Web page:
Even in the dark days of the 1980s when the PN campaigned against corruption and violence it also had a message of hope and change
Even in the dark days of the 1980s when the PN campaigned against corruption and violence it also had a message of hope and change

The PN need not look beyond its own walls for inspiration. In the 1980s, the PN carried out civil disobedience, constantly criticised violence, corruption and cronyism in a very active critical campaign. But the PN of the 1980s was not just about negative campaigning.

Justified as it was for highlighting the abuses of the time, it also put forward a message a hope. It presented an alternative. It had a vision and people voted for that vision as much as they voted to stop the violence and corruption.

The first message should have been one focussing on the PN’s aspirations for this country by also using the European stage. It should have been a message focussing on the qualities of its candidates and how they will work for Malta in Europe by also being watchdogs on the government.

Admittedly, the PN has a problem with countering the PL’s narrative that David Casa and Roberta Metsola undermined their country at every step. The party should have set down with its MEPs months ago and decided on how best to deliver a critical message of Joseph Muscat’s government in the European parliament without going so far as undermining the country.

The association of Casa and Metsola with MEPs like Sven Geigold and Ana Gomes did little to help their cause. Geigold and Gomes are after Malta’s tax system, something the PN MEPs do not agree with.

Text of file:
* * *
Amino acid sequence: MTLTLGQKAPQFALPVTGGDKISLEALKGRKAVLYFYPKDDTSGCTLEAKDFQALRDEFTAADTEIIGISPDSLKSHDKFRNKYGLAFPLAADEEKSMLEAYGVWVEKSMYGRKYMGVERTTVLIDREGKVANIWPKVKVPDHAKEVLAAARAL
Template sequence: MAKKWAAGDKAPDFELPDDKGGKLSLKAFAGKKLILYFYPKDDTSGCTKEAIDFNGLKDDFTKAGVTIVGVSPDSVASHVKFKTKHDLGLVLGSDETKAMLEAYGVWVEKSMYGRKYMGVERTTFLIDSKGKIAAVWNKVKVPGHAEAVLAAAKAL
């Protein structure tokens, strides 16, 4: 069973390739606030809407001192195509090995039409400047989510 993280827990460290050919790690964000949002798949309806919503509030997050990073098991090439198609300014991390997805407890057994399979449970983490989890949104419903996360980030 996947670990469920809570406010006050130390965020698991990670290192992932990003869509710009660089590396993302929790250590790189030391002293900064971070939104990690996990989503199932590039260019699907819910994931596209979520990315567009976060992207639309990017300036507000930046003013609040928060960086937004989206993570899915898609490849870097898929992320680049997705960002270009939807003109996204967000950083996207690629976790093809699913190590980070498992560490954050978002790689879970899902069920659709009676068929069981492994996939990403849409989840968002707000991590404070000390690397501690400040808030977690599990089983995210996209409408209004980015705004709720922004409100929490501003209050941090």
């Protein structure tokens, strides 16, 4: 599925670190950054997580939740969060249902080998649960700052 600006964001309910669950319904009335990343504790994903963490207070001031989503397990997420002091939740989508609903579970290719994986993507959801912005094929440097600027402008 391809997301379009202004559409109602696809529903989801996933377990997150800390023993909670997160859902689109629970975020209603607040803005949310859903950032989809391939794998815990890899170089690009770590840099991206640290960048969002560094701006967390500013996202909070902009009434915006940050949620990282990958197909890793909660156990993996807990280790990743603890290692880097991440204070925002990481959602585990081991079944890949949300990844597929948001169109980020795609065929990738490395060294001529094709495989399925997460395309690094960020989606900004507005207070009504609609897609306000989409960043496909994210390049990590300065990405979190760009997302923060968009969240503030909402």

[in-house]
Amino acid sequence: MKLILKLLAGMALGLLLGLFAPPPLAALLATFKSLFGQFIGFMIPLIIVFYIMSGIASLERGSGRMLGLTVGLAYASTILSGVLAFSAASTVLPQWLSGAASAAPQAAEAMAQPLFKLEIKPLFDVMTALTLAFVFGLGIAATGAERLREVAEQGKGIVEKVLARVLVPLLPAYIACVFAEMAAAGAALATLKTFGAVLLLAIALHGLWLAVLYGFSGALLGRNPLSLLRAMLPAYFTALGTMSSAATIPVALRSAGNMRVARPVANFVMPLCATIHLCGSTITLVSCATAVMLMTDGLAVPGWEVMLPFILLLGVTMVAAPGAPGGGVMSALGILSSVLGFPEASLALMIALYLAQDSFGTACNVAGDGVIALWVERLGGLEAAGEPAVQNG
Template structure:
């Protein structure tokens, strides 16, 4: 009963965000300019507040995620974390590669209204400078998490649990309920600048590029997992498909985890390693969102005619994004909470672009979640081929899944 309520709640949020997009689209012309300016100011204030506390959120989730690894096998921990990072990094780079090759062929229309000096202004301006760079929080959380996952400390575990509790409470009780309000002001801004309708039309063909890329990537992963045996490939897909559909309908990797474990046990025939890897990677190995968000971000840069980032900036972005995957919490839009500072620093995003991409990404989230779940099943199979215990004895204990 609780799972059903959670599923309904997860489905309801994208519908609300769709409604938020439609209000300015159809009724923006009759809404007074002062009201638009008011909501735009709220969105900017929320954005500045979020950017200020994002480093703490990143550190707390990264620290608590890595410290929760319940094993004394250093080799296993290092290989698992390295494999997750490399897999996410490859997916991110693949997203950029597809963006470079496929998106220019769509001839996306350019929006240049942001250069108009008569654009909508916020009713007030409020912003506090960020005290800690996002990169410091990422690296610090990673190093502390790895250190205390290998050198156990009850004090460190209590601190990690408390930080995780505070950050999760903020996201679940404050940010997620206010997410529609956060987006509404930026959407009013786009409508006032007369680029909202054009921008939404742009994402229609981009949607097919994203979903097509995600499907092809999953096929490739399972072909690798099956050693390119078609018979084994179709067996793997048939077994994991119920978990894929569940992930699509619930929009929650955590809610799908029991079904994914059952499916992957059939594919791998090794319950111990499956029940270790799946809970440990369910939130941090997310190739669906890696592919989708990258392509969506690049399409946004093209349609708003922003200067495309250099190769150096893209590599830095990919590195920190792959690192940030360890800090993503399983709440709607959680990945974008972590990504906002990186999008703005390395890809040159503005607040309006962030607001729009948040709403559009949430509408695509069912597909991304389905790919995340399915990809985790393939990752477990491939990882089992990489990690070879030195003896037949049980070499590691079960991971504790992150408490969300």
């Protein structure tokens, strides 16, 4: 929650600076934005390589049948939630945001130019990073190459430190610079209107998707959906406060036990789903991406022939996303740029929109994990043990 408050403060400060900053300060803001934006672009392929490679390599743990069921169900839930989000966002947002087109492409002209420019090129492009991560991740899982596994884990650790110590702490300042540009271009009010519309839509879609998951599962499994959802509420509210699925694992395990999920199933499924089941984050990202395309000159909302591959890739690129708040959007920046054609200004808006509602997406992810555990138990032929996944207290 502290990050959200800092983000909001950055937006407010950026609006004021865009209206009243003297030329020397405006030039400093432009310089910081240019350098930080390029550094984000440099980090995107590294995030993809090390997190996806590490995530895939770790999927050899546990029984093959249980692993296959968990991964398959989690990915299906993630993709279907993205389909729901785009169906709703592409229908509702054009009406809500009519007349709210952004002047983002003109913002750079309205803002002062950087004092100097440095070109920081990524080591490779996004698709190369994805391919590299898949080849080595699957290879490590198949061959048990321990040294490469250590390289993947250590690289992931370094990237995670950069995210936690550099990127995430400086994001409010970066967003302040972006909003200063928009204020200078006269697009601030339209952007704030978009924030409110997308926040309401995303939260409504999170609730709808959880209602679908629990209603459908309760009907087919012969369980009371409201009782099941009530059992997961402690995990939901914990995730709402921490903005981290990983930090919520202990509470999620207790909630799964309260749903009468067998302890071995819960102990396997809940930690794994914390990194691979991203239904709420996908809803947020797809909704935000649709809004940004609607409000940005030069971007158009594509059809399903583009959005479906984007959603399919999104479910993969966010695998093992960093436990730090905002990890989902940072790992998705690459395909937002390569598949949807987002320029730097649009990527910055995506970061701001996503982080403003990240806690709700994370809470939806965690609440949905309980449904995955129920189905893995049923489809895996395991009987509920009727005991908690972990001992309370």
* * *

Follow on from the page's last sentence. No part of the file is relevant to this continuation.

But the inability of the PN administration to effectively communicate with its MEPs has now left it exposed to the powerful counter message that in Europe, it is the Labour MEPs who can best defend Malta.

Another PN billboard targeted pensioners
Another PN billboard targeted pensioners

And in the face of all this, what does the PN do? It chooses to be the harbinger of bad news.

It is fine for the party to point out the difficulties pensioners face, the problems created in the housing market by the influx of foreigners but people also expect solutions and proposals on how the party expects to change things.

People want hope but unfortunately the initial campaign message is bereft of hope. It lacks inspiration. And the PN’s constant nagging that it is outgunned by the PL’s depth of pocket wreaks of someone who is desperately trying to paint himself as a ‘miskin’.

There is a crucial difference between playing the underdog card to lower expectations, while still believing that you could give anyone a good run for their money and constantly seeking pity.

People do not associate themselves with ‘miskin’ but with someone who is ‘kapaċi’ and ‘bravu’. People want someone they can trust to deliver hope.

And with all its warts, the PL is still the party that can deliver hope, even to pensioners who are struggling to make ends meet and young couples finding it hard to enter the housing market.

“Uffa Clyde, why, why, why?” Ingrid asked at the end of her critical message. She was right.

More in Blogs